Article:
As the Government announces a pay equity deal for early childhood teachers, Professor Carmen Dalli, Emeritus Professor Helen May and Dr Anne E Meade call for the urgent implementation of the Government’s early learning action plan.
Heading into the 2021 Budget, it is timely to review the first year of the implementation of He Taonga te tamaiti early learning action plan 2019-2029.
When launched in December 2019, the plan raised hopes that accumulated workforce inequities, underfunding and quality issues in the early childhood sector would be redressed through a suite of actions over a 10-year period. At the time, Education Minister Chris Hipkins promised that, following significant gains in previous years by other education sector groups, 2020 would be the “turn of early childhood”.
However, the advent of Covid-19 made 2020 a challenging year for New Zealanders. For the early childhood world, it has meant the early learning action plan feels like a casualty of changing political priorities. Hipkins picked up responsibility for protecting the border from the pandemic, the plan implementation has slowed and resources promised to the sector have not transpired.
In Covid times, children, families and early childhood services are also facing new challenges. Amid the political and pandemic drama of 2020, the three of us wrote on Newsroom that these new times required new action for early childhood education: the momentum of change promised in the plan needs speeding up.
As we head into calmer times of “recovery”, and when one of three announced priorities for the 2021 Budget is “child wellbeing”, the need to enact the plan more swiftly is increasingly compelling.
The Covid-19 lockdown Budget of 2020 included two low-cost initiatives for ECE services: the starting salary of degree-qualified early childhood teachers in education and care centres would become the same as their kindergarten counterparts; and the higher funding band for ECE centres with 100 percent qualified staff would be restored from January 2021.
During the general election campaign, in September 2020, the Labour Party made the further commitment to gradually introduce pay parity across the sector. Posting on the party’s website, Hipkins noted that “Covid-19 has exposed and magnified the existing inequities in our system”.
It was pleasing to see this ministerial awareness of concerns long voiced by education leaders. With Labour winning a landslide victory, there was hope of political traction finally leading to resolutions. Wednesday’s pre-budget announcement by Hipkins, in the middle of concerns about the public service salary freeze, to bring the pay of ECE teachers in education and care centres in line with that of kindergarten teachers, is a welcome next step towards pay parity. But many silences remain about the enactment of other recommendations of the early learning action plan.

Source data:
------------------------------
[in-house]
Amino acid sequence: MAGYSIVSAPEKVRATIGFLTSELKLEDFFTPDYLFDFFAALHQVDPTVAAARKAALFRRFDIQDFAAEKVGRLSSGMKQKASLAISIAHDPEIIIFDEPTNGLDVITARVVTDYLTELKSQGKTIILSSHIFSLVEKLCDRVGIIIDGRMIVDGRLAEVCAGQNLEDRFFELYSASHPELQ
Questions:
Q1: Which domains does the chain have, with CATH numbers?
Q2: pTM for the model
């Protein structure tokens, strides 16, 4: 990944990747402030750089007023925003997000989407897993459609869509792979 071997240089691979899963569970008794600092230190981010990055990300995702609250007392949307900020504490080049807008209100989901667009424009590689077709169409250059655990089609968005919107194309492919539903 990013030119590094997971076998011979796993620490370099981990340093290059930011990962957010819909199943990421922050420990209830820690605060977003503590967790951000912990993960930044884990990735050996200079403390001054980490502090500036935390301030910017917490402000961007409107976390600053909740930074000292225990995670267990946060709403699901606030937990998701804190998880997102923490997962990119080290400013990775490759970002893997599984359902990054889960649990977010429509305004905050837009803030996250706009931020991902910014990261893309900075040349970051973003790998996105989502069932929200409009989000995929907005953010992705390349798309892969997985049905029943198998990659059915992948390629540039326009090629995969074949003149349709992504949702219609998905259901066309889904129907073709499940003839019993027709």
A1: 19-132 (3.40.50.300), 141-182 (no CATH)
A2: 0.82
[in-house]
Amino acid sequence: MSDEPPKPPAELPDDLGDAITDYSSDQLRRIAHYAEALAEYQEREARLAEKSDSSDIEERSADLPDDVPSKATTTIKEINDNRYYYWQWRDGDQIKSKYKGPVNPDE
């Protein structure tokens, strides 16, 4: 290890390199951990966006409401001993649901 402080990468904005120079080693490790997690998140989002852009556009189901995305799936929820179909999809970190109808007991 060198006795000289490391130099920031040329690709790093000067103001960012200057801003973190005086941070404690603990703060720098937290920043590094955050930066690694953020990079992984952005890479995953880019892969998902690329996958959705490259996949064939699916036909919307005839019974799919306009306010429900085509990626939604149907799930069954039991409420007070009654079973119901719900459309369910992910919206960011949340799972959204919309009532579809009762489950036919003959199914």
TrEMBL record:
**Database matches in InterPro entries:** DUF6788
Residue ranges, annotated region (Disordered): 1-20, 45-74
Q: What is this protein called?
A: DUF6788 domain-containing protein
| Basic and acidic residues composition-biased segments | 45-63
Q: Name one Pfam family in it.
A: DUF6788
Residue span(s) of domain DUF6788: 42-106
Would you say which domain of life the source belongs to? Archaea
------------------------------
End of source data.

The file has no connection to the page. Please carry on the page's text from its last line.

To address this silence, we are ‘thinking big’ to:
- Assist post-pandemic “recovery” in the ECE sector;
- Support the Government’s priority goal of “child wellbeing”;
- Hasten the implementation of the plan to bring education and care services closer to kindergartens.
Decades-old policy divides between care and education still produce inequities across the ECE sector. New Zealand’s world-renowned integration policies forged in the 1980s are under threat.
The gulf in employment conditions is widening, leaving many teachers in the education and care sector far behind kindergarten teachers despite having the same degree qualifications and certification. Large variations in contracts, reflecting the exponential growth of corporate for-profit provision, is a key impediment to teachers being paid the same, regardless of employer.
Guiding principles for ‘thinking big’
The vision for the plan is that “every child enjoys a good life, learns and thrives in high quality settings that support their identity, language and culture, and that are valued by parents and whānau”.
Enacting this vision requires:
- The holistic design of the plan to be upheld through systemic, not piecemeal, implementation
- Equitable pay in employment agreements across corporate, private and public domains
- Equitable funding across early childhood services.